Sadly today, the number of people open to having their minds changed when it comes to such hot-button issues as this seems to be getting smaller and smaller.  So while your uninformed friends may be one thing, the Palestinian Student Association protesters may be another. 
And just as you’re not necessarily going to change a lot of minds with the facts, you shouldn’t use them to shout back at those shouting at you either – be proud to be Jewish but also be willing to be an example of how Jews can and do rise above against what tend to be publicity stunts and designed to get “the Jews” to act up.  Stage your own protests, stay safe, but don’t be baited.  – Arab homework example.

Number 3 – Criticizing Israel, Anti-Israel and Anti-Semitism, when they are different and when they are the same:

I tend to be sort of old-fashioned and tend to be in the school that whoever is in charge in Israel and whatever they are doing, I’m probably going to work to take a supportive stance of that policy, at least in public. 
But that attitude within the Jewish community is, in some ways, old-fashioned.  As Jews, there have always been people who have felt comfortable, and perhaps somewhat more among younger people today, to be open in criticizing Israel. 
Let me say, that at least to me, you can be a good Jew and a good Zionist (supporter of Israel as a Jewish state) and still disagree, a little or a lot, quietly or loudly with Israel.
But that kind of criticism is different than being openly anti-Israel.  And of course in the modern world, you can of course choose to be anti-Israel altogether, but I think if you’ve followed steps 1 and 2, that shouldn’t be too likely.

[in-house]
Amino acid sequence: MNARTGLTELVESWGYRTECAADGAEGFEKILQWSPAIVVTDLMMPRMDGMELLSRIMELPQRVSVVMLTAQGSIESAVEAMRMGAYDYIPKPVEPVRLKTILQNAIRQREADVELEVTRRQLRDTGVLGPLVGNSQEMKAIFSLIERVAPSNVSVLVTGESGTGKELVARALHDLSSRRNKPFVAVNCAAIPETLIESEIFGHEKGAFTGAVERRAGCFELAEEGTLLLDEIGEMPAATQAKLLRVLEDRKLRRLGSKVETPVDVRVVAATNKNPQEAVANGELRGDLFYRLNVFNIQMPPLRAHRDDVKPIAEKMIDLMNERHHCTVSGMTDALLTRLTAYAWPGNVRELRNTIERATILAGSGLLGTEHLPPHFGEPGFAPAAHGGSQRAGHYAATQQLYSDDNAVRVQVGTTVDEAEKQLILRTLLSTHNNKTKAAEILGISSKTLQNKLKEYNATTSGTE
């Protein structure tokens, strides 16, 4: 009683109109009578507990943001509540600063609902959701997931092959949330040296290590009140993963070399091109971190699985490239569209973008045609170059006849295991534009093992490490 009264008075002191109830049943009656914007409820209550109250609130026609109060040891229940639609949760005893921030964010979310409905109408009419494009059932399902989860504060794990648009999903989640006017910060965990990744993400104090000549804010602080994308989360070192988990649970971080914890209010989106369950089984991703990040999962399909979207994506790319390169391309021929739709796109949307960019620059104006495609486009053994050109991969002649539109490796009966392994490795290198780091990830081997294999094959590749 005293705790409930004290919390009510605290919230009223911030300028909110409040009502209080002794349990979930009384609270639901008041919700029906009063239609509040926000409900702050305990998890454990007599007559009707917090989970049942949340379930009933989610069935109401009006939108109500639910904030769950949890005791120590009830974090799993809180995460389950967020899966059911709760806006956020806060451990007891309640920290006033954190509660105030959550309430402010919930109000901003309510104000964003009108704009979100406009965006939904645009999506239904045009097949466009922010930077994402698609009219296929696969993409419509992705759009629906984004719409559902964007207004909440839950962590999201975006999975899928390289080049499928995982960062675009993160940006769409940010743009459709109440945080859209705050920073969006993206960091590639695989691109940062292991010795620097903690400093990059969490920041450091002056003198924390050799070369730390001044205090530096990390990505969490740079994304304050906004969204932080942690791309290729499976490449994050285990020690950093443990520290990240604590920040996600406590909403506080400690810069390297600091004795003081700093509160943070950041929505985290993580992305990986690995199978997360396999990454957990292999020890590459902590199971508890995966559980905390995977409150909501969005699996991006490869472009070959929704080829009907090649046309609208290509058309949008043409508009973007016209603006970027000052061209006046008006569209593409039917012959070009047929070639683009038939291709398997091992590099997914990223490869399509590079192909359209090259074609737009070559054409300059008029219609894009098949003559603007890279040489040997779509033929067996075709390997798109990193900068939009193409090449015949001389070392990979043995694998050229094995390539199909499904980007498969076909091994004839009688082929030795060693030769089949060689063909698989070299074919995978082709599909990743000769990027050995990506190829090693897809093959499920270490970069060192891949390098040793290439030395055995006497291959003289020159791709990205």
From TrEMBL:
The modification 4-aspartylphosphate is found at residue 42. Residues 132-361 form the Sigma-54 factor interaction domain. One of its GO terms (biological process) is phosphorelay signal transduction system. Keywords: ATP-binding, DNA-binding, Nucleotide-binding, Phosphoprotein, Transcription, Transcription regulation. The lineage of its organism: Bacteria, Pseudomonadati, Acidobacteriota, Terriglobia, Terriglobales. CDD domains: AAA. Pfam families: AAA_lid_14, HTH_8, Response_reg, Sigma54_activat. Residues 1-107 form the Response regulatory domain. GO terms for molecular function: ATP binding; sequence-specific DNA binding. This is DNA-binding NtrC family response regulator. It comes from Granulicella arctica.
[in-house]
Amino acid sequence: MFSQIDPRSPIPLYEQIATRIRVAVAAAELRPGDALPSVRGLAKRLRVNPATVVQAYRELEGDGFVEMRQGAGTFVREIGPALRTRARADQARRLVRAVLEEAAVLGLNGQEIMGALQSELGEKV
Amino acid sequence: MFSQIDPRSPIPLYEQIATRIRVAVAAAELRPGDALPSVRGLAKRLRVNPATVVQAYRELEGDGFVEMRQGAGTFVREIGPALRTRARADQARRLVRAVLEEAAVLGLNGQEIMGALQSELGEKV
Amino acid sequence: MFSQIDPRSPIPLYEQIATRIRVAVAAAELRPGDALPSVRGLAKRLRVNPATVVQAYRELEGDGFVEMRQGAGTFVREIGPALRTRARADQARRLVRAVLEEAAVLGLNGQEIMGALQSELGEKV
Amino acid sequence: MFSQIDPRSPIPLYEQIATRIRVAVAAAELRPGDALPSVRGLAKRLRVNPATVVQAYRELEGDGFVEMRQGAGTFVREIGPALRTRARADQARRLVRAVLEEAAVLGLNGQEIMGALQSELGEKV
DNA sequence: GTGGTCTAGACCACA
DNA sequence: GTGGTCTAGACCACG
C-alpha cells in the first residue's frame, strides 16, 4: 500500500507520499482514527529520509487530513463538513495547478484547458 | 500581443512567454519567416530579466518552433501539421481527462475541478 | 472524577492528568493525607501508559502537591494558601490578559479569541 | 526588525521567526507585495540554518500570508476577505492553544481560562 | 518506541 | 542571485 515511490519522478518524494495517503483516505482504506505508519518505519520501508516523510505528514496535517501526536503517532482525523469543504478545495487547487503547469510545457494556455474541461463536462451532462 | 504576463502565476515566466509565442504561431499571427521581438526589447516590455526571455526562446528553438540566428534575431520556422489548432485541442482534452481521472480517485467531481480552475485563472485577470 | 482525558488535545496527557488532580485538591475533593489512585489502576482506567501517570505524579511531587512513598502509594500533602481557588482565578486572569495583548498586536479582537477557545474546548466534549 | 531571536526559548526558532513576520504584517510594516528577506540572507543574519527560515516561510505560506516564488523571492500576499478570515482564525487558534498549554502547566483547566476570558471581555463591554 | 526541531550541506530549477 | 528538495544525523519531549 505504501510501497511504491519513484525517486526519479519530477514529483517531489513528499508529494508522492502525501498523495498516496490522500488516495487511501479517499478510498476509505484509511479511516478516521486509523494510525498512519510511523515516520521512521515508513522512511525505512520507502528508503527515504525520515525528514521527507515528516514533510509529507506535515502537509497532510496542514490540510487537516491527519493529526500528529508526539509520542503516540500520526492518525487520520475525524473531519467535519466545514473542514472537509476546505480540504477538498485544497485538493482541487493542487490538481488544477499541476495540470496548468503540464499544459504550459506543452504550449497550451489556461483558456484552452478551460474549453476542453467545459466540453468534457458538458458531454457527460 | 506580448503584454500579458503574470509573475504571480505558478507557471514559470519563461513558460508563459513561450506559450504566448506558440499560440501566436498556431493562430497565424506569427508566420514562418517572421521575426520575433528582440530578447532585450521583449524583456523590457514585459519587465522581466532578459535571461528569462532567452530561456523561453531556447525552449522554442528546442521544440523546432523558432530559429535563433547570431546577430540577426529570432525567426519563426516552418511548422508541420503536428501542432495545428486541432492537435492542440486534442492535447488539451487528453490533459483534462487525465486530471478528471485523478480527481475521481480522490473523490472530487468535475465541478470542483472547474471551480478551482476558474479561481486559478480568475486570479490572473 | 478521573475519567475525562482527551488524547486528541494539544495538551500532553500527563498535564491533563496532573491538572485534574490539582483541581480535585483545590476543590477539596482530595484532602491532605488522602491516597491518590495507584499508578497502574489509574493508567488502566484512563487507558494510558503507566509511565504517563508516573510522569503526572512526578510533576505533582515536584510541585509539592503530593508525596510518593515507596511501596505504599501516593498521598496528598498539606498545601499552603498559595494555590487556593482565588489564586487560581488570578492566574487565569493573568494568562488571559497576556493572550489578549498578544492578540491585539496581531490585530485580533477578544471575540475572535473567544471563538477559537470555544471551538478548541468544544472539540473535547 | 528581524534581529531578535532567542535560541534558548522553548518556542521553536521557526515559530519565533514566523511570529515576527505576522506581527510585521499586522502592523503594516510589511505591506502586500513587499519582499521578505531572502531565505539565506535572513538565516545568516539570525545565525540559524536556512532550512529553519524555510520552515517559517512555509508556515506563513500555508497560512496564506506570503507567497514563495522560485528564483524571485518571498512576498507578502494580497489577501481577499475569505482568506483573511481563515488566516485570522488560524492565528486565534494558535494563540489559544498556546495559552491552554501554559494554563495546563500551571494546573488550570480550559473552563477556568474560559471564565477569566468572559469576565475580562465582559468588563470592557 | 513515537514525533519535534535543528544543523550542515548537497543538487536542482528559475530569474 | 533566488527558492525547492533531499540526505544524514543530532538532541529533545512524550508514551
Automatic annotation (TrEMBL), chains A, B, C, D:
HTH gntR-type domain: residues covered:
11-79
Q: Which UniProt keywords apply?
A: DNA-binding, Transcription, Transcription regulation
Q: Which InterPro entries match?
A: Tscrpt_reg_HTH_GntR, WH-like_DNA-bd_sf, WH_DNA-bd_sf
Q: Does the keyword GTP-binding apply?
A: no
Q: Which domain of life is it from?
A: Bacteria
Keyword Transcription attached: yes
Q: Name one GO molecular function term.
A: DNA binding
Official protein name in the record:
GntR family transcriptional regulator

But those who will attack Israel are often, though again, you have to investigate, harboring not just criticisms of Israel, but a true anti-Israel bias.  Republicans may not like Obama and Democrats may not like the House right now – but they all pretty much want our government to continue and for there to be a United States.
Anti-Israel bias is a bias that the country, in some essential way, really shouldn't exist.  And if you think about it, there are very few countries that engender that level of hatred – particularly from more removed third parties.  If you were Irish 50 years ago, you may have had strong feelings about Britain, but in America, even if you sympathized with the Irish, you probably didn't feel it necessary to call for the destruction of the UK, or to say everything else about the UK was flawed.  
But all too often, we don’t hear protesters and others arguing – Israel needs a different government or a different policy towards the Palestinians – and then calling it a day – too often it goes beyond that.
And very often when it does go beyond that, it can be motivated by Antisemitism  Which a topic much bigger than I plan to address tonight, but is, suffice it to say, a problem with Jews.  In the 21st century it may look and feel different than it did in say the 12th, but that is often what is beyond the type of “nothing is right with Israel” attitude you may encounter from protesters